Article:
Of importance, the world’s leading business school and accounting accreditor – the Association to Advance Collegiate Schools of Business (AACSB) – predicted the increased use of information technology and has mandated that technology knowledge is a minimum requirement for entry into the accounting profession. The AACSB now requires all programs seeking accounting program accreditation in addition to business school accreditation to meet this requirement:

Standard A5: Consistent with mission, expected outcomes, and supporting strategies, accounting degree programs include learning experiences that develop skills and knowledge related to the integration of information technology in accounting and business. This includes the ability of both faculty and students to adapt to emerging technologies as well as the mastery of current technology. [INFORMATION TECHNOLOGY SKILLS, AGILITY AND KNOWLEDGE FOR ACCOUNTING GRADUATES AND FACULTY—RELATED BUSINESS STANDARD 4]5

University programs and the joint initiative through AICPA and NASBA highlight the responsibility entrusted to us to ensure accounting students and Exam candidates fully understand how technology intersects directly with the accounting profession and business community. To promote an environment for advancement of the public interest, the accounting profession is committed to looking at how each field has impacted technology, and further how that technology can be enhanced. We believe it would be a disservice to our nation’s future should we fail to provide accounting students with every opportunity to explore and grow the use of emerging technology.


For each of the CIP codes nominated in this submission (see Appendices A – F), we have included those common courses requiring the integration of technology traditionally taught as part of most universities’ curricula for accounting and accounting-related programs (See Table 1 in Appendix A). In that Table, we also provide a sample of the types of technology that students are expected to master in those courses. When different coursework is required for a particular program, we discuss the modification to Table 1 as we address those nominations. Note, too, that many universities offer both undergraduate and graduate degrees in accounting and accounting-related fields; the courses provided in Table 1 of Appendix A may be taught at either level, depending on the individual programs.

We appreciate the opportunity to provide this nomination submission on behalf of the accounting profession. The profession is crucial to protecting the public interest, creating positive change and of enhancing competitiveness for American and global businesses.


Barry C. Melancon, CPA, CGMA Susan S. Coffey, CPA, CGMA
President & CEO Chief Executive Officer – Public Accounting


About the American Institute of CPAs

The American Institute of CPAs® (AICPA®) is the world’s largest member association representing the CPA profession, with more than 421,000 members in the United States and worldwide, and a history of serving the public interest since 1887. AICPA members represent many areas of practice, including business and industry, public practice, government, education and consulting. The AICPA sets ethical standards for its members and U.S. auditing standards for private companies, not-for-profit organizations, and federal, state and local governments. It develops and grades the Uniform CPA Examination, offers specialized credentials, builds the pipeline of future talent and drives continuing education to advance the vitality, relevance and quality of the profession.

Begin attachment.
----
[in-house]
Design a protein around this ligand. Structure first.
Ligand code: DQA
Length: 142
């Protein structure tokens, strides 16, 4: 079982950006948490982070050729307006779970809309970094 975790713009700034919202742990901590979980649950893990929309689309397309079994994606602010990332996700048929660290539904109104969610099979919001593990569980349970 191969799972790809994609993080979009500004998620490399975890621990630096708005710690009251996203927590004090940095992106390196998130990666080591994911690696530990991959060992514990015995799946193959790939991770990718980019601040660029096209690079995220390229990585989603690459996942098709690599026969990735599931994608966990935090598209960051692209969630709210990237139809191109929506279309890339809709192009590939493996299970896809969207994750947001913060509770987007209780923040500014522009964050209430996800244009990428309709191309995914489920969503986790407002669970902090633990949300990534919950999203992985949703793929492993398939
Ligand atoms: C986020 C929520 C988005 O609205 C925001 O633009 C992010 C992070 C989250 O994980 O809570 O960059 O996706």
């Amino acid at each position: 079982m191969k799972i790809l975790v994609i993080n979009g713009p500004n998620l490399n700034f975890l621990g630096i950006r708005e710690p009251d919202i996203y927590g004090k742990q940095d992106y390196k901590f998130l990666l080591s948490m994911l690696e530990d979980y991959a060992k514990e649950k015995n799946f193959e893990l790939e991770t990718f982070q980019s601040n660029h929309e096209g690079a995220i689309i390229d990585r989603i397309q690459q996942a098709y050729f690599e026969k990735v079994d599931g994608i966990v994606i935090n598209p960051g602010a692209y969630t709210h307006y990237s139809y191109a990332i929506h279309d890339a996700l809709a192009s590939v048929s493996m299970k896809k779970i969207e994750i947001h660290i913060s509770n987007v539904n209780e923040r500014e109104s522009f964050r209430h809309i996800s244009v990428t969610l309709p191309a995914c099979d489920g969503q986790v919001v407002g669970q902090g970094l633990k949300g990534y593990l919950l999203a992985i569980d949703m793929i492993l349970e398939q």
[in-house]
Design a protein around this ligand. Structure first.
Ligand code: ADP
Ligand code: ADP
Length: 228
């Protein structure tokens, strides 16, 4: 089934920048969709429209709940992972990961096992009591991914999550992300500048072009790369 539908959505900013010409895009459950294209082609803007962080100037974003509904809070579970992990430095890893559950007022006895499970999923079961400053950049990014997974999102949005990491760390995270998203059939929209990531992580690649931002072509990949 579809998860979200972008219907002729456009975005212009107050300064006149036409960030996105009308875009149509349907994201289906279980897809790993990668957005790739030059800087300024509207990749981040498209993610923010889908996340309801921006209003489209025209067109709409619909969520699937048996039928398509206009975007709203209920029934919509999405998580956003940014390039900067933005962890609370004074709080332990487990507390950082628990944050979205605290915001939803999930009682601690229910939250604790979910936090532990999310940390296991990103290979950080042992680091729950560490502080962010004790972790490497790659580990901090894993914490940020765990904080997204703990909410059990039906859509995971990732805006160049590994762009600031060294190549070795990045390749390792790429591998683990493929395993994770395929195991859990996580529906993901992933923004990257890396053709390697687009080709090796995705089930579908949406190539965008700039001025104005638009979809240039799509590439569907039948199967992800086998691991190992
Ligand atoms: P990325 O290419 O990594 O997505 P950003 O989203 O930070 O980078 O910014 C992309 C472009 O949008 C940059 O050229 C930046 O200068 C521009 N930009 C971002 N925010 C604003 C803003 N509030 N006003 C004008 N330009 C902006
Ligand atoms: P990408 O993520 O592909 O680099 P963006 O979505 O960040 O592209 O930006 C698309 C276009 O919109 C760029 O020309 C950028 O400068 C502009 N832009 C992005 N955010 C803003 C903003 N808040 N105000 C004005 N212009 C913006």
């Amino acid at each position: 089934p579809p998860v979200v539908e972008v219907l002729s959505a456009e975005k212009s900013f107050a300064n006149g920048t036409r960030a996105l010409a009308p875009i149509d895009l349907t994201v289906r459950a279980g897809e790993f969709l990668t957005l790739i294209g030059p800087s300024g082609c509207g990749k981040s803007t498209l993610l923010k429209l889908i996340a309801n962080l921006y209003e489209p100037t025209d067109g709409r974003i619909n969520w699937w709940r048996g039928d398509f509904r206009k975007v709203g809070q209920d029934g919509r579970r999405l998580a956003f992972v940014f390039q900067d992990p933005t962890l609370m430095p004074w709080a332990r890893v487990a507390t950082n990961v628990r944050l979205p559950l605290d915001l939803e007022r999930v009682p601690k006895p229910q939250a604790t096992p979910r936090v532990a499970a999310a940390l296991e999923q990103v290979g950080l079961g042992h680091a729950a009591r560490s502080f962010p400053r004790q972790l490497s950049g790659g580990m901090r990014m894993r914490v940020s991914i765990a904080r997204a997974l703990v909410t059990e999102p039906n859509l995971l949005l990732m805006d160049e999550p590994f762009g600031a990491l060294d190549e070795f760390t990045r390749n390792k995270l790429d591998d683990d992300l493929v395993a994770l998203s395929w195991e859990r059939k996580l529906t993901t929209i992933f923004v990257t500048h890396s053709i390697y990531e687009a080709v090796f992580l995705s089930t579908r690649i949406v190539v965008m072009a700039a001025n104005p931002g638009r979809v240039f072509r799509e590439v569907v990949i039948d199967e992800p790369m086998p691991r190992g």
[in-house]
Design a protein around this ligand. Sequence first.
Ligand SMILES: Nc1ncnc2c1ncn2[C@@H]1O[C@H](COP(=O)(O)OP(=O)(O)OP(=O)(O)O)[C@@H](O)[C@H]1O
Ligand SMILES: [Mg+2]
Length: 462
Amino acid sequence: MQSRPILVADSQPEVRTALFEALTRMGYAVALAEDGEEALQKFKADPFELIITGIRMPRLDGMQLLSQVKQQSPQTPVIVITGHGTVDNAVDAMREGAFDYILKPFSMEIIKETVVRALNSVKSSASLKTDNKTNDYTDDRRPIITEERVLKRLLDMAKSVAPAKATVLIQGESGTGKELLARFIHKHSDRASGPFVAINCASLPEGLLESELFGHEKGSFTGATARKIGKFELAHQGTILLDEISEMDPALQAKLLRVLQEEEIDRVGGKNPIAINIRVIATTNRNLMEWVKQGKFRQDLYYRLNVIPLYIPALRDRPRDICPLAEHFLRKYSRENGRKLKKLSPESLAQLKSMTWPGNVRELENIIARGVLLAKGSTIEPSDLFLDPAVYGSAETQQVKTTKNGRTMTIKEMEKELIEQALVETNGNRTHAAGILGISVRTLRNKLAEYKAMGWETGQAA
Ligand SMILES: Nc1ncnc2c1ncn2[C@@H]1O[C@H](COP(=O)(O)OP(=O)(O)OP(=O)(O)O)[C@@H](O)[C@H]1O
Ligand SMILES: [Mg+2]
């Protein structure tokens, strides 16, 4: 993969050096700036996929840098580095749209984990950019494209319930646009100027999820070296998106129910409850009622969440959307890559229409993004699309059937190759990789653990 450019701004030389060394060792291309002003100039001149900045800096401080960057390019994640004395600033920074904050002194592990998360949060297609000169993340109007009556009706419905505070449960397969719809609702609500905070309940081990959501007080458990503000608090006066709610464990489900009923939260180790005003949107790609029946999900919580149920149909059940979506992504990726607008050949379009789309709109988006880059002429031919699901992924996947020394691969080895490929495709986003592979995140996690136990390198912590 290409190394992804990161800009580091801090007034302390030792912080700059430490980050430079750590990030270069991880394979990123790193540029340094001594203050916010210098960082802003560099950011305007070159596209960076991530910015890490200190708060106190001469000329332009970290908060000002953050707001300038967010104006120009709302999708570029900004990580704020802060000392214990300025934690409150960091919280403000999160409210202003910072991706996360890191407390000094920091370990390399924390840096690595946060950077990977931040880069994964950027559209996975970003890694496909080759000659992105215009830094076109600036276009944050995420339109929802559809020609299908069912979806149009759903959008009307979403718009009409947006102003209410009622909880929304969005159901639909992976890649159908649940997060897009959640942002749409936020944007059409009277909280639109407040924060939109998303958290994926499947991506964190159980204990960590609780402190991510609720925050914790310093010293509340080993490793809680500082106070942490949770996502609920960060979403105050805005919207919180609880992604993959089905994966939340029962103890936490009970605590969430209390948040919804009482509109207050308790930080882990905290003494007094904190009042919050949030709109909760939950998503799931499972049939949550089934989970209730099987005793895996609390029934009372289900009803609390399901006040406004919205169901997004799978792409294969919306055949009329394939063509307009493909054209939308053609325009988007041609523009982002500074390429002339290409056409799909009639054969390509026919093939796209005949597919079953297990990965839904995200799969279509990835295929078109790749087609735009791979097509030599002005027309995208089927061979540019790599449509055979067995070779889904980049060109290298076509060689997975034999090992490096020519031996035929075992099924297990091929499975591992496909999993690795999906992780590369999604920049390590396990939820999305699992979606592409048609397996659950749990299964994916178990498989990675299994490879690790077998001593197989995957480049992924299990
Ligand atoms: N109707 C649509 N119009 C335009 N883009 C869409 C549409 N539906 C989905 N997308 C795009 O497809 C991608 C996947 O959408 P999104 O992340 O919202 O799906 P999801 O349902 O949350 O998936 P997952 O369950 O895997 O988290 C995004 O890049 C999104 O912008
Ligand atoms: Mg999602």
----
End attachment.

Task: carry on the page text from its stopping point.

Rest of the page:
Additional organizations supporting this nomination submission:

Alabama Society of CPAs
Alaska Society of CPAs
American Accounting Association
Arizona Society of CPAs
Arkansas Society of CPAs ASCEND
Association to Advance Collegiate Schools of Business
Association of Latino Professionals for America
California Society of CPAs
Center for Audit Quality
Colorado Society of CPAs
Connecticut Society of CPAs
Delaware Society of CPAs
Greater Washington Society of CPAs Diverse Organization of Firms
Florida Institute of CPAs
The Georgia Society of CPAs
Guam Society of CPAs
Hawaii Society of CPAs
Idaho Society of CPAs
Illinois CPA Society
Indiana CPA Society
Iowa Society of CPAs
Kansas Society of CPAs
Kentucky Society of CPAs
Society of Louisiana CPAs
Maine Society of CPAs
Maryland Association of CPAs
Massachusetts Society of CPAs
Michigan Association of CPAs
Minnesota Society of CPAs
Mississippi Society of CPAs
Missouri Society of CPAs
Montana Society of CPAs
National Association of Black Accountants NAF
National Association of State Boards of Accountancy
National Council of Philippine American Canadian Accountants
Nebraska Society of CPAs
Nevada Society of CPAs
New Hampshire Society of CPAs
New Jersey Society of CPAs
New Mexico Society of CPAs
New York State Society of CPAs
North Carolina Association of CPAs
North Dakota CPA Society
The Ohio Society of CPAs
Oklahoma Society of CPAs
Oregon Society of CPAs
Pennsylvania Institute of CPAs
Puerto Rico Society of CPAs
Rhode Island Society of CPAs
South Carolina Association of CPAs
South Dakota CPA Society
Tennessee Society of CPAs
Texas Society of CPAs
Utah Association of CPAs
Vermont Society of CPAs
Virgin Islands Society of CPAs
Virginia Society of CPAs
Washington Society of CPAs
West Virginia Society of CPAs
Wisconsin Institute of CPAs
Wyoming Society of CPAs